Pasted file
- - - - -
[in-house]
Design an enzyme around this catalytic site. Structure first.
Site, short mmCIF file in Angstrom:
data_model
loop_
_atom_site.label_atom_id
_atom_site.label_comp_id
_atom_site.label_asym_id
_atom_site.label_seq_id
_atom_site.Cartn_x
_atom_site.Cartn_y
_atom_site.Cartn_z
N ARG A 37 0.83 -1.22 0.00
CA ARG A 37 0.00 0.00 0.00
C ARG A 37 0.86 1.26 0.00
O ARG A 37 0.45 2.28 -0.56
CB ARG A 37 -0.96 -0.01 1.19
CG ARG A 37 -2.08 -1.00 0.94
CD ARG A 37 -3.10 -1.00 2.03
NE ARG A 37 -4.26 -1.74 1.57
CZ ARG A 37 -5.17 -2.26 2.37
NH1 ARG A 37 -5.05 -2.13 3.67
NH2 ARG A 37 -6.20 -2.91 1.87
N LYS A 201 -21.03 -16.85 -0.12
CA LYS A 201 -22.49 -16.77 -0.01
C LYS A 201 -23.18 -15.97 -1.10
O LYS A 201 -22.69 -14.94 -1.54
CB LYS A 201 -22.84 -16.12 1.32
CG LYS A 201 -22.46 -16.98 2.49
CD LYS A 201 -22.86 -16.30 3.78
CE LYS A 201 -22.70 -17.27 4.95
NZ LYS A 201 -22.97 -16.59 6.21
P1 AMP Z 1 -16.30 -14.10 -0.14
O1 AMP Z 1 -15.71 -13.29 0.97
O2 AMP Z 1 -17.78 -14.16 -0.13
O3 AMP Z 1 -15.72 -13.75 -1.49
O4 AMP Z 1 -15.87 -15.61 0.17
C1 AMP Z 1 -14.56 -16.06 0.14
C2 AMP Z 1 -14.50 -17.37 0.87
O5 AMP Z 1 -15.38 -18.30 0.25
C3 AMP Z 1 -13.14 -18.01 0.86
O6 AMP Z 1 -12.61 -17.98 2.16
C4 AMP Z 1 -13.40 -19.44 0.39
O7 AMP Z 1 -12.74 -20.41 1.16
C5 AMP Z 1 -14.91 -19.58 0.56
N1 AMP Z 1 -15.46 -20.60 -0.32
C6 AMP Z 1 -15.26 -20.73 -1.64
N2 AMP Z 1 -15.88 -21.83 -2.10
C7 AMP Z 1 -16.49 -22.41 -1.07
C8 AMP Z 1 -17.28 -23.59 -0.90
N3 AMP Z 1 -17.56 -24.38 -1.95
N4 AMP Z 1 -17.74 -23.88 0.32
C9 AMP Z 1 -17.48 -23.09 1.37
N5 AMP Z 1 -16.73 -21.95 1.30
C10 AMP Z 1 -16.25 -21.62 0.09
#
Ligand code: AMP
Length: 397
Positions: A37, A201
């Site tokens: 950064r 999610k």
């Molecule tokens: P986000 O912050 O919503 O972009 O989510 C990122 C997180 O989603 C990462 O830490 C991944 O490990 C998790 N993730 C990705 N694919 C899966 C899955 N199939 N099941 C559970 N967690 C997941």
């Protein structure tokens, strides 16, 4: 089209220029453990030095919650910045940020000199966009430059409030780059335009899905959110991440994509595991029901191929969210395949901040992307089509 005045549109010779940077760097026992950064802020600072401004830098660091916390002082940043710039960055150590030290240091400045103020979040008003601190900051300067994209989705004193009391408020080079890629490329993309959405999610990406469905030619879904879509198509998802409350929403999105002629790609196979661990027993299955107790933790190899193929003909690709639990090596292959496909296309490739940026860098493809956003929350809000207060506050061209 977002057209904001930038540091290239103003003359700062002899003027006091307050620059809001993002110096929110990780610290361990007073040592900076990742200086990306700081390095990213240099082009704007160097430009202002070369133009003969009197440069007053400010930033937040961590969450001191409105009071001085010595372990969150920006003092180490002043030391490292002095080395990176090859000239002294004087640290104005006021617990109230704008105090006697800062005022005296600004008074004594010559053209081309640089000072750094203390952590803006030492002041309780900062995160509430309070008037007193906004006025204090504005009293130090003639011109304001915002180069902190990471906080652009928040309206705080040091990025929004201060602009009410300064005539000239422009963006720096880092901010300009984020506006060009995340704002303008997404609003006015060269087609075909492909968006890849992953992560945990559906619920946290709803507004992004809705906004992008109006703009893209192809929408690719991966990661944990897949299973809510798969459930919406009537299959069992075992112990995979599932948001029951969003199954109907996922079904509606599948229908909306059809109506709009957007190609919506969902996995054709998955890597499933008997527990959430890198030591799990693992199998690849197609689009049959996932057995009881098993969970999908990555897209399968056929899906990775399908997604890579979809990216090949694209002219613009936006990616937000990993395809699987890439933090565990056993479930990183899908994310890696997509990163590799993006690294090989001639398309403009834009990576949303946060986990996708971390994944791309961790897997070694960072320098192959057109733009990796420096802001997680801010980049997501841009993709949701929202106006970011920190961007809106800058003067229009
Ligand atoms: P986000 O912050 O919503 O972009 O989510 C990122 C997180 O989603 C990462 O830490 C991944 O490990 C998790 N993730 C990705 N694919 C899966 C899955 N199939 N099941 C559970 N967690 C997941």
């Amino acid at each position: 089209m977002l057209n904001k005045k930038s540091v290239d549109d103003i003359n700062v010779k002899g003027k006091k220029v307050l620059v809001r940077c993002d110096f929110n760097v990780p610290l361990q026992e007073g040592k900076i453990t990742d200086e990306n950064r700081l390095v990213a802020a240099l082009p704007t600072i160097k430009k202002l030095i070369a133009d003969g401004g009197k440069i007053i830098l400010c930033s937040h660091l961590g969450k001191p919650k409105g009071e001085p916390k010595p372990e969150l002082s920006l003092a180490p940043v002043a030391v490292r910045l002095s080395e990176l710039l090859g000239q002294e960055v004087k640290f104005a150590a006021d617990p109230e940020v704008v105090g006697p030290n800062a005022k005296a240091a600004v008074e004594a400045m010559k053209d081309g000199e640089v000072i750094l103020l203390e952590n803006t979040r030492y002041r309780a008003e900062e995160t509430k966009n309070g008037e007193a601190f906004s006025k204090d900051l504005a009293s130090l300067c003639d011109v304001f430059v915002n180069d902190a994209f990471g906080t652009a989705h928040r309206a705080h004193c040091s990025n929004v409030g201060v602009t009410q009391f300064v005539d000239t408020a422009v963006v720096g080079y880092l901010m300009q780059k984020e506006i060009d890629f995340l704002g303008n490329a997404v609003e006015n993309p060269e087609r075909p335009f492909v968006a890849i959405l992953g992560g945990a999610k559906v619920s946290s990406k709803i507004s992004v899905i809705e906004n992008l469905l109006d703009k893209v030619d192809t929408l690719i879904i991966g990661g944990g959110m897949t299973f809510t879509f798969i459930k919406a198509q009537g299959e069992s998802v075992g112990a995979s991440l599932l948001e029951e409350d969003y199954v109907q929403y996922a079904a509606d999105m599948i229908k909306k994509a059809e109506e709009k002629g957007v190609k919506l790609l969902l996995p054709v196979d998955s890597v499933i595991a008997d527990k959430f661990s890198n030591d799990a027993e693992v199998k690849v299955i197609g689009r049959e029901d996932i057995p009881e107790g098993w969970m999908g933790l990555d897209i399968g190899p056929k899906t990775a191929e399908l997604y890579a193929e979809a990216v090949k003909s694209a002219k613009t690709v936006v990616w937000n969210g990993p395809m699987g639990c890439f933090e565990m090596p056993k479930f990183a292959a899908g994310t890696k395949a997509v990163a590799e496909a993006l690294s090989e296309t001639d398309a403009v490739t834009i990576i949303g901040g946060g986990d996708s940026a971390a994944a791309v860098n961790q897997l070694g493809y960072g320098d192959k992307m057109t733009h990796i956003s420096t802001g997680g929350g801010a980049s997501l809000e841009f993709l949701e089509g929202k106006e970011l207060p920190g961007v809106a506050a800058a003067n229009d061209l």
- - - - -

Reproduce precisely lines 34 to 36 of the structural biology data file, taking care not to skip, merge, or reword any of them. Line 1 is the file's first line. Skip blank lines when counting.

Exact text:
O1 AMP Z 1 -15.71 -13.29 0.97
O2 AMP Z 1 -17.78 -14.16 -0.13
O3 AMP Z 1 -15.72 -13.75 -1.49